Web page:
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Sisällön tarjoaa Greg La Blanc. Greg La Blanc tai sen podcast-alustan kumppani lataa ja toimittaa kaiken podcast-sisällön, mukaan lukien jaksot, grafiikat ja podcast-kuvaukset. Jos uskot jonkun käyttävän tekijänoikeudella suojattua teostasi ilman lupaasi, voit seurata tässä https://fi.player.fm/legal kuvattua prosessia.
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337. Navigating the Waves of Technology and Prosperity feat. Simon Johnson

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Manage episode 378315417 series 3305636
Sisällön tarjoaa Greg La Blanc. Greg La Blanc tai sen podcast-alustan kumppani lataa ja toimittaa kaiken podcast-sisällön, mukaan lukien jaksot, grafiikat ja podcast-kuvaukset. Jos uskot jonkun käyttävän tekijänoikeudella suojattua teostasi ilman lupaasi, voit seurata tässä https://fi.player.fm/legal kuvattua prosessia.

Technological progress drives productivity improvements and increases wealth, but the distribution of those gains depends on both technological and political factors. The debates we see now over the impact of AI on social welfare are not new: similar debates surrounded previous waves of innovation. One thing we have learned from those previous waves is that society and politics can dramatically impact the trajectory of technological change.

Simon Johnson is the Ronald A. Kurtz Professor of Entrepreneurship at the MIT Sloan School of Management, where he is head of the Global Economics and Management group. He has also co-authored several books, his latest being Power and Progress: Our Thousand-Year Struggle Over Technology and Prosperity with Daron Acemoglu.

Simon and Greg discuss how technological advances had disrupted industries in the past, ranging from the industrial revolution in the English midlands to the mass production of Henry Ford in America. They discuss how some innovations can bring about catastrophe, as in the 2008 financial crisis, and the current landscape of disruptive technology and Artificial Intelligence (AI) in particular. Simon talks about how it may be deployed in business but how, in education, there will be an adjustment period before being incorporated.

Listen in for insights on the past, present, and anticipated future of technology and prosperity with Simon Johnson.

*unSILOed Podcast is produced by University FM.*

Episode Quotes:

When workers became a cost, not a resource

37:55: Managerial thinking, including what was taught at business school, shifted in the 1970s and 1980s, and the concept of shareholder capitalism, which I would contend has been around for a long time. In the 1970s and 1980s, there's a different concept that comes to the fore, and it's one which treats the workers much more as a cost to be minimized rather than a resource to be developed. And I think that wasn't just business schools; business economics played a role in that broader social discussion. That corporate thinking and corporate logic are very powerful, and that is part of what's propelled us in this particular direction that's led to a lot of job market polarization.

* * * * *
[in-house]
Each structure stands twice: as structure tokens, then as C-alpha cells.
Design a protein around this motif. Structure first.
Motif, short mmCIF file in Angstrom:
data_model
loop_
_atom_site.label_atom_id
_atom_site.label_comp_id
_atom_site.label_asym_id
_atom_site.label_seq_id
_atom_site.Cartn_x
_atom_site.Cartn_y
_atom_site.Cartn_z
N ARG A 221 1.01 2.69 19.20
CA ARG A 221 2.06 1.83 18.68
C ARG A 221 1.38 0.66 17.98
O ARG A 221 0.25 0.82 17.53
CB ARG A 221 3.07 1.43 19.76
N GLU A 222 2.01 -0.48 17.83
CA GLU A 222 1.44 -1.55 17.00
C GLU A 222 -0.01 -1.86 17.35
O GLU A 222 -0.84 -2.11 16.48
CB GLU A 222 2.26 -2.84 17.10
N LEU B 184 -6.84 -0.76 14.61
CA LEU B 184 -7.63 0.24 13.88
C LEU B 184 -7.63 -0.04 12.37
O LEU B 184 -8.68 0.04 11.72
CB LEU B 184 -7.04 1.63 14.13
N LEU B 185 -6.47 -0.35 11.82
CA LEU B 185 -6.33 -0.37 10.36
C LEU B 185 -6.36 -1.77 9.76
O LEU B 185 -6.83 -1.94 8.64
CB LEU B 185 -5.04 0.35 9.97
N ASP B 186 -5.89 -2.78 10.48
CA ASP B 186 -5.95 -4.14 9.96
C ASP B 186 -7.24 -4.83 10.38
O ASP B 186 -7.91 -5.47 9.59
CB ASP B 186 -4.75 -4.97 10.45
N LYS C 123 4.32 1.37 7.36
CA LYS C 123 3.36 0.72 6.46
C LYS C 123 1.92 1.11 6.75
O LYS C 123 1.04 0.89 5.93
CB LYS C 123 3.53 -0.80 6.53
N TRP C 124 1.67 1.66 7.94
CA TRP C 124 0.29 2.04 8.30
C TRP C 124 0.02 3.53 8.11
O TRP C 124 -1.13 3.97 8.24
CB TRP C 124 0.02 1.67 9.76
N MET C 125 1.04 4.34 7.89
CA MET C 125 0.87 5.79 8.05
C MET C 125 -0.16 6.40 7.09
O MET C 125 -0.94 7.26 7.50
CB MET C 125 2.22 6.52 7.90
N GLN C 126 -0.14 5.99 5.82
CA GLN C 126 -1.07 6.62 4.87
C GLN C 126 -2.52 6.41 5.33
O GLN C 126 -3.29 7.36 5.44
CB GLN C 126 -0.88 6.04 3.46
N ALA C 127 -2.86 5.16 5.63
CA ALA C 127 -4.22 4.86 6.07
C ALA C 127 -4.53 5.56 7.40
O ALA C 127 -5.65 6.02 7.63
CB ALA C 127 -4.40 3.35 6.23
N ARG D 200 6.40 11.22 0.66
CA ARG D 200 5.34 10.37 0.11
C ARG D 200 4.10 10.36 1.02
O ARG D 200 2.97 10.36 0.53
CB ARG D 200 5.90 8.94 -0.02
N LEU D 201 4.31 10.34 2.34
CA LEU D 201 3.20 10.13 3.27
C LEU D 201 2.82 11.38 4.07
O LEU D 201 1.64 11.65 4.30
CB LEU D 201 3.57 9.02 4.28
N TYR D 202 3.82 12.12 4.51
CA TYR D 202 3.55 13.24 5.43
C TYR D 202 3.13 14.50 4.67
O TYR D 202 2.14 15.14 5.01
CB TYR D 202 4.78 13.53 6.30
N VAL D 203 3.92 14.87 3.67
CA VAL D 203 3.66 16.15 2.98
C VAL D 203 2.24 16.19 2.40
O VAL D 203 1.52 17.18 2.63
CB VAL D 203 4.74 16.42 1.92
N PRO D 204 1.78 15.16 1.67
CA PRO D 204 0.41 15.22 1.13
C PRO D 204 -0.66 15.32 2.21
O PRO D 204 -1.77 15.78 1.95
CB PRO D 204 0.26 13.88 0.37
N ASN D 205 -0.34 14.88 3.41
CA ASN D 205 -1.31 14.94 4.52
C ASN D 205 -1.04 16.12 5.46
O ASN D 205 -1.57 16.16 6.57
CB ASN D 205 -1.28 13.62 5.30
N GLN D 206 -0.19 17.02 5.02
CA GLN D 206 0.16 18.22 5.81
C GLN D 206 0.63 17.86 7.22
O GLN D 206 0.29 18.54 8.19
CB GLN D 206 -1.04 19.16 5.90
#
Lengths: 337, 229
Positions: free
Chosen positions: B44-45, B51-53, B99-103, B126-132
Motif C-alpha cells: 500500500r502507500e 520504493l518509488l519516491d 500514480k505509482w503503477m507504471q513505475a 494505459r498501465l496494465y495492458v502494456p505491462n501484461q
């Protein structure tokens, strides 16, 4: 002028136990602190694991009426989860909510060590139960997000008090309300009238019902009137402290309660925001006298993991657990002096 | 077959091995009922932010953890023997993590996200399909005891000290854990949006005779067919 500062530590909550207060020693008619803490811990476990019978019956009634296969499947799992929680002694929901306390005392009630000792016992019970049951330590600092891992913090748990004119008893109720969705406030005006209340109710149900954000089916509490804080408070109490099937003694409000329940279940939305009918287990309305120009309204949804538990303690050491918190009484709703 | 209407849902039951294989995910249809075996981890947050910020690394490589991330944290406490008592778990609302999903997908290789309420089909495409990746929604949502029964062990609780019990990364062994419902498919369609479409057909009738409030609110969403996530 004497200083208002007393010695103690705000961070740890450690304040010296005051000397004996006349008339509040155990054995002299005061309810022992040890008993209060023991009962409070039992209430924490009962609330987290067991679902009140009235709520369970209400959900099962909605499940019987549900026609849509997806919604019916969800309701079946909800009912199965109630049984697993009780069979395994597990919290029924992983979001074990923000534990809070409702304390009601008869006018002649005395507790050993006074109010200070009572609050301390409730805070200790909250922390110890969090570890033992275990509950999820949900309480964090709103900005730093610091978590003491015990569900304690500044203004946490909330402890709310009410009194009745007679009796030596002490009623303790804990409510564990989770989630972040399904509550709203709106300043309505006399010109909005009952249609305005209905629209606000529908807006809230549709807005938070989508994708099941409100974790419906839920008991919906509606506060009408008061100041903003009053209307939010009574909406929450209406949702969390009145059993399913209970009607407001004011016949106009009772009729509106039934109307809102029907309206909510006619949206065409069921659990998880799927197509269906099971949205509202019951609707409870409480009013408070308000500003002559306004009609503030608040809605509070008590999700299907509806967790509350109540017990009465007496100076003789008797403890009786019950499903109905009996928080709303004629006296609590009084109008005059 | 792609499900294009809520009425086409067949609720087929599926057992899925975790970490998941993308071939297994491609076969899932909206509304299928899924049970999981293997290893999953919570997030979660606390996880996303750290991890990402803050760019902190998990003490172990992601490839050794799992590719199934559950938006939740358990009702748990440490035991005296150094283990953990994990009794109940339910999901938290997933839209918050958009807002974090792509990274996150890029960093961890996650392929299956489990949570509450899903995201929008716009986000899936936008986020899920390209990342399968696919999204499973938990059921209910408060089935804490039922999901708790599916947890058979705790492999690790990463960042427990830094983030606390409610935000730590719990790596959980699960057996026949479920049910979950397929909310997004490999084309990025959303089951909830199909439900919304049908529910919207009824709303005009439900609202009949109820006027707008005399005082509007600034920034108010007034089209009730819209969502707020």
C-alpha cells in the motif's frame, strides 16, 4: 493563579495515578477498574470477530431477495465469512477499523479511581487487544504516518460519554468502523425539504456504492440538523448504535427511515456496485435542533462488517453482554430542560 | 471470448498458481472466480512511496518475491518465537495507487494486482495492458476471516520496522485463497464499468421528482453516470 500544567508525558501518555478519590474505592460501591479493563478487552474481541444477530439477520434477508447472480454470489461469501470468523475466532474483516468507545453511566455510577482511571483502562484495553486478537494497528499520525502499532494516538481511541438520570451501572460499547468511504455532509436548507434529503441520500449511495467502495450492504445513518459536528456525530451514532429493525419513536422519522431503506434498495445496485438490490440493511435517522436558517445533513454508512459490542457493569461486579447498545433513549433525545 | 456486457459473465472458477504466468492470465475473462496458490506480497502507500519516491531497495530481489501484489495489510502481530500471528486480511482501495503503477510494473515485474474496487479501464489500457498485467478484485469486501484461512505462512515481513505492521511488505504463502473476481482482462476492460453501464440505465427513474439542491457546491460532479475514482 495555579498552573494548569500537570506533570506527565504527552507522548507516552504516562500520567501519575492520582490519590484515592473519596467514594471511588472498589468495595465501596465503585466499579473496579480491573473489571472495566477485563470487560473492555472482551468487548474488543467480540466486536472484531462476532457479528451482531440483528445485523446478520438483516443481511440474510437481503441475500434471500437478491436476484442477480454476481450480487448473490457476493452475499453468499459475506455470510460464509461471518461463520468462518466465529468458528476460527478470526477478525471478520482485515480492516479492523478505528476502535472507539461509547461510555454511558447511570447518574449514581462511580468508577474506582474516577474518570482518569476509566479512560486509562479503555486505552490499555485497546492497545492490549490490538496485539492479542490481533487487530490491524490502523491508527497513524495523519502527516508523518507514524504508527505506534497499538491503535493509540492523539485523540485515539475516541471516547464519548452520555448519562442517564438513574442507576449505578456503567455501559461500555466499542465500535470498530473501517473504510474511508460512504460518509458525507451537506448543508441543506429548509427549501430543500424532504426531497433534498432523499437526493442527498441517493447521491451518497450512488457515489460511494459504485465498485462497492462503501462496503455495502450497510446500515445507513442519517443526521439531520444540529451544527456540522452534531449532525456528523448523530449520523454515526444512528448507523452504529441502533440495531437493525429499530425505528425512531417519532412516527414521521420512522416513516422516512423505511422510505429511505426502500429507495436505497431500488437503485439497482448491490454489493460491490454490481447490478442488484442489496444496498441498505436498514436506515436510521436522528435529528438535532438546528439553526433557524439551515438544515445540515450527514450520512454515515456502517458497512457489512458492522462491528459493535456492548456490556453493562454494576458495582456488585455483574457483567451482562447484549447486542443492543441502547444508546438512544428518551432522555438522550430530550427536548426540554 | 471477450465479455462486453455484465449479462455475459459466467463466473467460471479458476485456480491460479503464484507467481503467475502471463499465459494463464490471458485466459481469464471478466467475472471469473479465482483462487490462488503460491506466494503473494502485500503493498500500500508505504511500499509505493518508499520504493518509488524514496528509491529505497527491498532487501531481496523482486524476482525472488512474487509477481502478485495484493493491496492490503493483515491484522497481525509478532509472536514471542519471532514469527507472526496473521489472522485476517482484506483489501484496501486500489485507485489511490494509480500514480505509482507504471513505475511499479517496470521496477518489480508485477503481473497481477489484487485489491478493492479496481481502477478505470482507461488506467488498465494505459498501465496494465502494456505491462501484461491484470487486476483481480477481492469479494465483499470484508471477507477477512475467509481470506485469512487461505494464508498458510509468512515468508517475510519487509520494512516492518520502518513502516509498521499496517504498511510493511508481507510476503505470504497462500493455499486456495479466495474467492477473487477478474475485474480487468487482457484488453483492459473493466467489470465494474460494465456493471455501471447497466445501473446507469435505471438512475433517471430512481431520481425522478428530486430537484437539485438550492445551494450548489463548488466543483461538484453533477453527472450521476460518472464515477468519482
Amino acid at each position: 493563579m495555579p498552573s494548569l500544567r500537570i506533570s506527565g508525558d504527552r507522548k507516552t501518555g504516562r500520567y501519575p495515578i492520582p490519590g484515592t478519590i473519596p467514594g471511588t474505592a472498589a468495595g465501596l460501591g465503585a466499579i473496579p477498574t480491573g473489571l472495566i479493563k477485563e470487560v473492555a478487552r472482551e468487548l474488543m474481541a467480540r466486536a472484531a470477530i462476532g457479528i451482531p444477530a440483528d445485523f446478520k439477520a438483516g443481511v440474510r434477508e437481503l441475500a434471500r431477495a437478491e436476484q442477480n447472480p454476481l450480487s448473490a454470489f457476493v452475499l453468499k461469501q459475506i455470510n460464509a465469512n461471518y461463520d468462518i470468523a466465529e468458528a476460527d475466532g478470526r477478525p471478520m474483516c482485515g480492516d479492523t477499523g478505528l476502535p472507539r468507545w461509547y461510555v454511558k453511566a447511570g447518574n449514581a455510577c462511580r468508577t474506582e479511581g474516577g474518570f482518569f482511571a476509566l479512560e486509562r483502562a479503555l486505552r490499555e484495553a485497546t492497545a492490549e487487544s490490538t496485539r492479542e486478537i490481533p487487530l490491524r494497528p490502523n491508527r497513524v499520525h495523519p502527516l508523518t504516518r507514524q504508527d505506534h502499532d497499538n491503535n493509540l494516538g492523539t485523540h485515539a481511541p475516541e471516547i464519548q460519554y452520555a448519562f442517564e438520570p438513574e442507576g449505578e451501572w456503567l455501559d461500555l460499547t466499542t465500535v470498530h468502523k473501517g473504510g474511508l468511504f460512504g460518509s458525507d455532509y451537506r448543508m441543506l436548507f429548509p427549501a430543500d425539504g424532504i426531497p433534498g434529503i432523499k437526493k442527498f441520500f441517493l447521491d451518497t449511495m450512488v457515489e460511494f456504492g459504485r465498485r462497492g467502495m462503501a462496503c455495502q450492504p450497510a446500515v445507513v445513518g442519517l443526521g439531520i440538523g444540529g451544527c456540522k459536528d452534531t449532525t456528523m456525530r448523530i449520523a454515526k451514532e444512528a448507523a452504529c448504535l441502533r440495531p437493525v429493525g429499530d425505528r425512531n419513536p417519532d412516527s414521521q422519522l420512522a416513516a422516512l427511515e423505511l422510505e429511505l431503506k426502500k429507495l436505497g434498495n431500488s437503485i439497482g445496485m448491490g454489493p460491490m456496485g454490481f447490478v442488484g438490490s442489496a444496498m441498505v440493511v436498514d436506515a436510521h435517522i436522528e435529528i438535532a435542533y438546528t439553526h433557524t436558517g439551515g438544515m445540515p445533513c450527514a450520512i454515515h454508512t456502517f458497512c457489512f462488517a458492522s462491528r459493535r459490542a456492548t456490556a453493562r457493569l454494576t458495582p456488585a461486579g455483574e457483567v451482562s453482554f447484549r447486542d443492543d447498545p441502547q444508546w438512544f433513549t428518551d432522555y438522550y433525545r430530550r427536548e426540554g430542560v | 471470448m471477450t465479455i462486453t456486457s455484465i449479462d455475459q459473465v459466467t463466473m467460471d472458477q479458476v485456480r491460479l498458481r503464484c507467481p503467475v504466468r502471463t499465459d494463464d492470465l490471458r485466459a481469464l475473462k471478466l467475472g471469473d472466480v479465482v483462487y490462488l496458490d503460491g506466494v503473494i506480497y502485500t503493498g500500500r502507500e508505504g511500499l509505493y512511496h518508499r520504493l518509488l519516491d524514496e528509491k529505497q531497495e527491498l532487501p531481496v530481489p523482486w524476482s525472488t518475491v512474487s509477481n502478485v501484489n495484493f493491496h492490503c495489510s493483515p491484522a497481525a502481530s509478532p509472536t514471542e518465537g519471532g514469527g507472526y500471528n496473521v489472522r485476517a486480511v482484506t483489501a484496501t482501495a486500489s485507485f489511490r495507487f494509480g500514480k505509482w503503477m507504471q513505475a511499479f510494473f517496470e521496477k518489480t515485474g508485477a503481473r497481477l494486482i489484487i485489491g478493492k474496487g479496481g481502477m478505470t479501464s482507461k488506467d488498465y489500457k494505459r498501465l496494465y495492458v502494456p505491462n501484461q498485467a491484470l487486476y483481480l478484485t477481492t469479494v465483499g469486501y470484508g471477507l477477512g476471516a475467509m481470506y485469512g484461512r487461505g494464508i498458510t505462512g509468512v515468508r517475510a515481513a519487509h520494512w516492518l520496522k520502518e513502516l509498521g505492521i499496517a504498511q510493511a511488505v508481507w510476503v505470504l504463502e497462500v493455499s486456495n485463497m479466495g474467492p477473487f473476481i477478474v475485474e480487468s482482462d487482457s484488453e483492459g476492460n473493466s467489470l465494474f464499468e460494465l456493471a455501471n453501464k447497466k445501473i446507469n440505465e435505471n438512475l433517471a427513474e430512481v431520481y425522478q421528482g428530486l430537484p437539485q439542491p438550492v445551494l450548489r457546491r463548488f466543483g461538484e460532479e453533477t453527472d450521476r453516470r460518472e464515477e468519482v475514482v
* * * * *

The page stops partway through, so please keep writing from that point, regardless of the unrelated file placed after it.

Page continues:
The future of tech is too important to leave to a few

42:07: We should be very careful about placing our technological future in the hands of a few individuals, even if those individuals have previously had great success in something that seems like it might be quite relevant for what comes next.

How prepared ideas shapes history

55:43: I don't think that books, ideas, or, I'm afraid, podcasts, change history. I think what changes history is events, but when you have an event, when you have a scandal, when you have a big problem, when you have something that is really in people's faces, it matters whether or not you have prepared ideas, whether or not you understand what the problem could be, and whether or not you are ready with solutions, not just solutions as something that I wrote a paper about; you should do what I say, but solutions that have been kicked around, debated, and hammered out.

What’s the key point of the industrial revolution?

04:23: The key point from the Industrial Revolution is that it did increase productivity. It did increase the surplus. That could be shared in some fashion, but it also increased the power of a certain set of people—the people who owned the mills, the cotton mills in particular, in the north of England, for example. And that change in the balance of power is part of what, of course, encouraged them to invest, as part of what gave them a good return on investment. But it also meant they didn't really care that much about the workers.